Jewish Agency to help family of Mexican Jew killed in Mumbai

Norma Shvarzblat Rabinovich had planned to make aliya yesterday.

Norma Shvarzblat Rabinovich 248 88 (photo credit: Courtesy)
Norma Shvarzblat Rabinovich 248 88
(photo credit: Courtesy)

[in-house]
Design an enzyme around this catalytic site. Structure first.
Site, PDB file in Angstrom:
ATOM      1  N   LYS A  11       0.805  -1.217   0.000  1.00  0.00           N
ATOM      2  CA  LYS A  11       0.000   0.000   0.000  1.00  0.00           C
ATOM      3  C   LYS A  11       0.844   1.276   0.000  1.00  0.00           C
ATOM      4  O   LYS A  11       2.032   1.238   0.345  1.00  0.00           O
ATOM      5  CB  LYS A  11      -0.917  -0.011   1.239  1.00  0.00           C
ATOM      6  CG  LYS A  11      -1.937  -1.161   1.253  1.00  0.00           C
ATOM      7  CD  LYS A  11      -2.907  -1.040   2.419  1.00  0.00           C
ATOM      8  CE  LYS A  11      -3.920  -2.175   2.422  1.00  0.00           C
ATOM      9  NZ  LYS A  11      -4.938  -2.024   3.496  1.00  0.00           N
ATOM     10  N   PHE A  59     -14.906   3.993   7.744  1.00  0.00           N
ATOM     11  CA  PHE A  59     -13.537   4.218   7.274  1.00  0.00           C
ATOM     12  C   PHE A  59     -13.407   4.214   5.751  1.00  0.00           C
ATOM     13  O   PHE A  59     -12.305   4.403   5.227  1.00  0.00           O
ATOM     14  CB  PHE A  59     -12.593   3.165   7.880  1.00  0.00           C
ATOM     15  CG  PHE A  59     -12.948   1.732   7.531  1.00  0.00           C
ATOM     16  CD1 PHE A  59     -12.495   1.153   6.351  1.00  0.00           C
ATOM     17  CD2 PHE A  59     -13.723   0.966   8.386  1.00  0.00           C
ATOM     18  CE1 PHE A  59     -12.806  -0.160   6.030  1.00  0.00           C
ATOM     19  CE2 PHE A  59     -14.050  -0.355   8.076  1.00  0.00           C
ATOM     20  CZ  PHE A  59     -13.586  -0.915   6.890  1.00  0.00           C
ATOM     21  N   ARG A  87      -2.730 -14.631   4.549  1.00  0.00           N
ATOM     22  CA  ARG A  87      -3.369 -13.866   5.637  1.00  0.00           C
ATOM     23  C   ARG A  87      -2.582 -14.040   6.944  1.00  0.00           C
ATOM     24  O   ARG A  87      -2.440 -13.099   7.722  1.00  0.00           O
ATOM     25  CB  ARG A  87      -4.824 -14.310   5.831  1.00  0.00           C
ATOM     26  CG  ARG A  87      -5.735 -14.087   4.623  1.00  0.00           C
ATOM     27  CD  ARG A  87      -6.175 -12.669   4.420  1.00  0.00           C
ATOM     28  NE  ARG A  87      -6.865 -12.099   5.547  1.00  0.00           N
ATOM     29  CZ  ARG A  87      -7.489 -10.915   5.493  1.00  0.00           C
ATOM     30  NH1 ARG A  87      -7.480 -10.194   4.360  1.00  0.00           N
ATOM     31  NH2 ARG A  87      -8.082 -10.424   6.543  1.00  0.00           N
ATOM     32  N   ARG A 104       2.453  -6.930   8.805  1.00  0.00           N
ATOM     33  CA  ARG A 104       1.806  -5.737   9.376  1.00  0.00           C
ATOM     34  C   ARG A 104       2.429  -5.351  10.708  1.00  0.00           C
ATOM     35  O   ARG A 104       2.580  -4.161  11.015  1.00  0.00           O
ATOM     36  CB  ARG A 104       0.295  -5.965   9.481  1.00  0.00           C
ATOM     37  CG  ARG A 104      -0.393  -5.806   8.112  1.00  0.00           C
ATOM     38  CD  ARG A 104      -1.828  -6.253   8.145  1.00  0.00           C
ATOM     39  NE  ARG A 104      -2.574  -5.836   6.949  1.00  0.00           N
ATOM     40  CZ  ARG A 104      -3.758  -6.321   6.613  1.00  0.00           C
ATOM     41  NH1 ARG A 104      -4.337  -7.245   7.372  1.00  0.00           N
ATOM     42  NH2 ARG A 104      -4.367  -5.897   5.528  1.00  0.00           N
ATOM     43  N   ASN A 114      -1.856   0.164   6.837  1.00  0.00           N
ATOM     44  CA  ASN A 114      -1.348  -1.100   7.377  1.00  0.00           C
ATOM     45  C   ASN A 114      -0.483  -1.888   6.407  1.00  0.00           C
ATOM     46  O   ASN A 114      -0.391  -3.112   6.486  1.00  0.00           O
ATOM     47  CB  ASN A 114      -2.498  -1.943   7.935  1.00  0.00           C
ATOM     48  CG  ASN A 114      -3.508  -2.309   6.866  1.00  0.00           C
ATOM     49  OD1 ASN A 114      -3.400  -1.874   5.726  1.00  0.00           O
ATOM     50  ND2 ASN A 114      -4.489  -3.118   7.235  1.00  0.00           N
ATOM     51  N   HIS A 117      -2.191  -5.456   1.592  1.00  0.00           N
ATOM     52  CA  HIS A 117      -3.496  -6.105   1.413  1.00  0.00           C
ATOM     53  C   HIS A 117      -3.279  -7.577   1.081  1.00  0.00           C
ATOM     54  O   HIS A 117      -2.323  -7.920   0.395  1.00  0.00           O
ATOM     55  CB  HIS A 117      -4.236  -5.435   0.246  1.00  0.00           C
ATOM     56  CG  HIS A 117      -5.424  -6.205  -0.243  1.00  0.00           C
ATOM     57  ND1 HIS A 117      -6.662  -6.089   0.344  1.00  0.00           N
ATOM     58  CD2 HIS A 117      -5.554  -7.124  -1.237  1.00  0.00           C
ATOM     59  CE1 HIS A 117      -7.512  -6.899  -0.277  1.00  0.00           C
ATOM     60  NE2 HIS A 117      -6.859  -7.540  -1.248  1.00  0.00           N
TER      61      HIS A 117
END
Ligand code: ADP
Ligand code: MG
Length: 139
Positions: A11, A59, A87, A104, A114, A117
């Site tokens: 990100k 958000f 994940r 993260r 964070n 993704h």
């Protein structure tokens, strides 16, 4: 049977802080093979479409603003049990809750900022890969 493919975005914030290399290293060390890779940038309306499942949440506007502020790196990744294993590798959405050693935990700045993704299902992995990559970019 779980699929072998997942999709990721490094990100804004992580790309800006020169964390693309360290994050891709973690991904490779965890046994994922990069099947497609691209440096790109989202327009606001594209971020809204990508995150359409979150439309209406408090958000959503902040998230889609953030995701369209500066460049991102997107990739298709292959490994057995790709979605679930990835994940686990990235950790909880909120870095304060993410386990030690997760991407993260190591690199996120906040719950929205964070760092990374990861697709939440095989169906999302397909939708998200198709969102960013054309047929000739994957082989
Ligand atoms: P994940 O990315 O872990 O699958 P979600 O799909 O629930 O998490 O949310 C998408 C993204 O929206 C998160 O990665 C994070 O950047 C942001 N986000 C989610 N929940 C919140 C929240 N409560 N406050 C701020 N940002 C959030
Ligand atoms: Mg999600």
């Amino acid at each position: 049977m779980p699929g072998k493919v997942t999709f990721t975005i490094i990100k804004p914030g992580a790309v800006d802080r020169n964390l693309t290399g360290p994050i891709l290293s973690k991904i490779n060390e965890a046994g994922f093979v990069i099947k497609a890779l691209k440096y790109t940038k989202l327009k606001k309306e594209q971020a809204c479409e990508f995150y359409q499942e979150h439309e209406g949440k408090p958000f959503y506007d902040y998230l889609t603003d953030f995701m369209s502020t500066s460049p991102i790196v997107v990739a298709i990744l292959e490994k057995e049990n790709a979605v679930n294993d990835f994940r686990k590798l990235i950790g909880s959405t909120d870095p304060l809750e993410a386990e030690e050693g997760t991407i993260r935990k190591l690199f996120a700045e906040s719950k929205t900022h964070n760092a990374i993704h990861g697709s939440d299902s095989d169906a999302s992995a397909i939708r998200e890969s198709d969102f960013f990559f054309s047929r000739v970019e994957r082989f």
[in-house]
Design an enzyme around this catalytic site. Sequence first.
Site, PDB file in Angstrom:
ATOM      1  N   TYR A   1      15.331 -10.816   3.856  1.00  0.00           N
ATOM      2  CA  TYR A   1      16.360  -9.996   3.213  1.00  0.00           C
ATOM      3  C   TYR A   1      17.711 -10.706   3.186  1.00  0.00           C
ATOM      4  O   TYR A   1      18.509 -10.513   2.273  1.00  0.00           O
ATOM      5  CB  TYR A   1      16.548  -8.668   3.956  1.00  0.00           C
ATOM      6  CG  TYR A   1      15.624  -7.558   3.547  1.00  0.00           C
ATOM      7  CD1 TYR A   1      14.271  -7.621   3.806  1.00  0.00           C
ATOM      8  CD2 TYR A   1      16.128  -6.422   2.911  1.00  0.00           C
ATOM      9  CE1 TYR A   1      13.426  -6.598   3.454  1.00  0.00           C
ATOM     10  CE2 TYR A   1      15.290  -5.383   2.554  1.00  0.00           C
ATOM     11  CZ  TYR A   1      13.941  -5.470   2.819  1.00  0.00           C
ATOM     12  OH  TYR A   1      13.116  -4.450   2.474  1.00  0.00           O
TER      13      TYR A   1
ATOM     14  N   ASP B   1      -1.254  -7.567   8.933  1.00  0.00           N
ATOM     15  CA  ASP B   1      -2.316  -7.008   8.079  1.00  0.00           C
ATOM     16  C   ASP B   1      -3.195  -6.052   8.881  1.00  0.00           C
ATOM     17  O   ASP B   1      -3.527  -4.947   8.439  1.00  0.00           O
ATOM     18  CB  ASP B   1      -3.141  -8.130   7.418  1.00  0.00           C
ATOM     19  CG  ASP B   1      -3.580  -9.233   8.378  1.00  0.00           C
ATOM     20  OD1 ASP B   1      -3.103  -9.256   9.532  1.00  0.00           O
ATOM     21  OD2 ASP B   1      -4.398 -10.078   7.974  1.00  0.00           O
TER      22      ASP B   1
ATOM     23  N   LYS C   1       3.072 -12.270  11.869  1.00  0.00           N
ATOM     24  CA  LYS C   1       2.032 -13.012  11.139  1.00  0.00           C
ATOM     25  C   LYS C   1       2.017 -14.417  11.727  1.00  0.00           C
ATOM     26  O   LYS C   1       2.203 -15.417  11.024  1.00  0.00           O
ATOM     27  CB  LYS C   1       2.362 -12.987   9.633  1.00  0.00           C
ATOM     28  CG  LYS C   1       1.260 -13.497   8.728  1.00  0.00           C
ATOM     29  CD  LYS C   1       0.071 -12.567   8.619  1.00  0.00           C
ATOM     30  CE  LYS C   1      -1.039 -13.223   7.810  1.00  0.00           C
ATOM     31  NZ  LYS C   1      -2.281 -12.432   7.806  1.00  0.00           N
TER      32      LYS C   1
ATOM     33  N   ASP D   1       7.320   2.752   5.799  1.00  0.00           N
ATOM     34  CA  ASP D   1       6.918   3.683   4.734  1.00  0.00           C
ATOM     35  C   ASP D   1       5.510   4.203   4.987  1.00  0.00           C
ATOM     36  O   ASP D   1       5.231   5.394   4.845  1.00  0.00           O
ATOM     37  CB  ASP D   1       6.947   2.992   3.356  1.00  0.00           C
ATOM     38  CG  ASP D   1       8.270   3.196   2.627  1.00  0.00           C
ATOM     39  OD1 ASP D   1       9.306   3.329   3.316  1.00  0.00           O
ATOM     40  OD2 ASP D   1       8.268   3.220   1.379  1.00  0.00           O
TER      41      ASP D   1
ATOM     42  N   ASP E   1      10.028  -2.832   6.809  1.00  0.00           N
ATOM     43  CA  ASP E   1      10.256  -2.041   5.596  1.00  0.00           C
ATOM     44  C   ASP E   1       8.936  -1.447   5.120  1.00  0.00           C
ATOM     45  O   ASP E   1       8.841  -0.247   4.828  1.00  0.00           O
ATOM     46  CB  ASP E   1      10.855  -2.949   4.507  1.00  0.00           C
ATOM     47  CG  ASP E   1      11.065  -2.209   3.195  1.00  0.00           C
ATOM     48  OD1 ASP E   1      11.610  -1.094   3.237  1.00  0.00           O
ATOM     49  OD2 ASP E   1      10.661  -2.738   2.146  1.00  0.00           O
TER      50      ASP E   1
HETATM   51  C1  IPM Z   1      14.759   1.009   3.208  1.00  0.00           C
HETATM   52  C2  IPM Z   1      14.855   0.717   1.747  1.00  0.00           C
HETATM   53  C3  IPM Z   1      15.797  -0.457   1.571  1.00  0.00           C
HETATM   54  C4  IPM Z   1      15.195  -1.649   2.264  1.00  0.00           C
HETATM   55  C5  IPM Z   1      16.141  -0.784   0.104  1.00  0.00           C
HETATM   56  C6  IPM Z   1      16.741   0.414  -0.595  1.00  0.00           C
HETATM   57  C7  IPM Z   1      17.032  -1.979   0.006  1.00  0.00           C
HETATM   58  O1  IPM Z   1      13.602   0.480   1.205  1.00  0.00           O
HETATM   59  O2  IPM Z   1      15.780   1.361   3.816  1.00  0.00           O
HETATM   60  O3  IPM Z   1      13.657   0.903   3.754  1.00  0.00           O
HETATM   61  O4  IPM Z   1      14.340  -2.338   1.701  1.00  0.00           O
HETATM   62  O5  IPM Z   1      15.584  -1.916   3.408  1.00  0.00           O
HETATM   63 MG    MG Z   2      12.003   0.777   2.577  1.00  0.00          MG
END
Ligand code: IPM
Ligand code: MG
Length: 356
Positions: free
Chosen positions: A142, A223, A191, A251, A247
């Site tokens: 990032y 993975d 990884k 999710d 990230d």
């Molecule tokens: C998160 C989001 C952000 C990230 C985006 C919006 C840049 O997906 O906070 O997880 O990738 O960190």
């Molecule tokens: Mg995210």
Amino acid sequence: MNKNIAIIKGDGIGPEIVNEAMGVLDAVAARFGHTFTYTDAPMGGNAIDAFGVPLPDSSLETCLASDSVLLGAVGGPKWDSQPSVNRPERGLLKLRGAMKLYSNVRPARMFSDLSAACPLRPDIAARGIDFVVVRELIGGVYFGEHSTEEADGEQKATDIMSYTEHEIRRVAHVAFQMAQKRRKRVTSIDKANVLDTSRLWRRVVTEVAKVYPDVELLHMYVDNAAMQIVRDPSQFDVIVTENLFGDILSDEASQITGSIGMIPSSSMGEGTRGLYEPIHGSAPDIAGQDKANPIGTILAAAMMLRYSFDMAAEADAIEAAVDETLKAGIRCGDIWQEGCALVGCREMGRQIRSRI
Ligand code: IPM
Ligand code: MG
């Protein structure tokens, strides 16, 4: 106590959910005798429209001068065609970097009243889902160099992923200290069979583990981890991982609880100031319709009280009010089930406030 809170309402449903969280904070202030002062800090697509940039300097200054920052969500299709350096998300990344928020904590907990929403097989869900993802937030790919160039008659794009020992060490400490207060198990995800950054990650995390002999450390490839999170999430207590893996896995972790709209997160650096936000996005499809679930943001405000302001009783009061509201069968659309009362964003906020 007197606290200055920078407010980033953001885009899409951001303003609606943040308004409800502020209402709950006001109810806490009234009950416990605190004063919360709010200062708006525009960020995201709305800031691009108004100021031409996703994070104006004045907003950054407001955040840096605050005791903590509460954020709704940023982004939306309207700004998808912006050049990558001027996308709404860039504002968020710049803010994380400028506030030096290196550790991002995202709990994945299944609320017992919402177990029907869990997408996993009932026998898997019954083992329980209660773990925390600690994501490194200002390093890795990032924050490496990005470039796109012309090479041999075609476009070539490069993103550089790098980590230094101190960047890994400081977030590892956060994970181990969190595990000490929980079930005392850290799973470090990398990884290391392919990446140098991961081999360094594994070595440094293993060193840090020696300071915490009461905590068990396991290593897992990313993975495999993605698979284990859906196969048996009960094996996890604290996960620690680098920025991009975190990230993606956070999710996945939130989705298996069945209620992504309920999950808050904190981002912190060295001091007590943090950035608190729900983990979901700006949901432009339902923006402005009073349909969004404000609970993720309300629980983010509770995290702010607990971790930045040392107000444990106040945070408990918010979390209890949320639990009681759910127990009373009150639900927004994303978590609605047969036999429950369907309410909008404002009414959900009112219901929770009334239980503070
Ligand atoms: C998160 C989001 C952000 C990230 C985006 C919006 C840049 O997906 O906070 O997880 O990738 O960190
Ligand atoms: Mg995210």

The National Insurance Institute says it can't award the status of terror victim to Norma Shvarzblat Rabinovich, 50, who was killed by terrorists in Mumbai's Chabad House last week. A native of Mexico, Shvarzblat Rabinovich had planned to make aliya on Monday to join two of her three children who already live here. But although the terrorists are said to have targeted Chabad House because it was Jewish and connected to Israel, Shvarzblat Rabinovich's children, who have already made aliya, can't receive the benefits awarded to the families of the four other Israeli victims of the attack. The Ministerial Committee for Ceremonies and Symbols, headed by Absorption Minister Yaakov Edri (Kadima), announced Sunday that it would recognize all the Israelis murdered in the Mumbai attacks as "victims of terror" - a special status that affords families of the deceased a wide range of benefits. But because Shvarzblat Rabinovich was not yet officially an Israeli citizen nor a permanent resident here, the NII cannot by law regard her as a victim of terror. "We are really sorry that we cannot help this family, but we are bound by the [terror victims] law that does not cover Jews or potential Israeli citizens killed outside of Israel in terrorist attacks," said NII spokesman Haim Fitussi. To help the family, the Jewish Agency for Israel will provide immediate relief and assistance to the relatives. JAFI spokesman Michael Jankelowitz said that the agency's chairman, Ze'ev Bielski, planned to lobby the NII to retroactively recognize Shvarzblat Rabinovich as an Israeli citizen. "Until they find a way around the law we [the Jewish Agency] will cover the costs of her funeral in Israel from our special fund for terror victims," he said, adding that Shvarzblat Rabinovich's children - Manuel 18, who made aliya two months ago, and Jean, 24, a student at Tel Aviv University who came to Israel in 2004 - would receive additional assistance from the agency's terror victims' resources. "It isn't much," admitted Jankelowitz. "The fund is supposed to serve only as an accompaniment to government benefits, but it will help the family until the NII finds a way around this law." Shvarzblat Rabinovich arrived in Mumbai just over three months ago and had been working at the Chabad House, helping to provide kosher meals to the stream of visitors that pass through the center on a daily basis. While in India she began to contemplate aliya and started the process with the JAFI representative in Mumbai. She had completed all the relevant paperwork and meant to arrive here Monday. She will be buried at 11:30 a.m. on Tuesday at Jerusalem's Har Hamenuchot cemetery.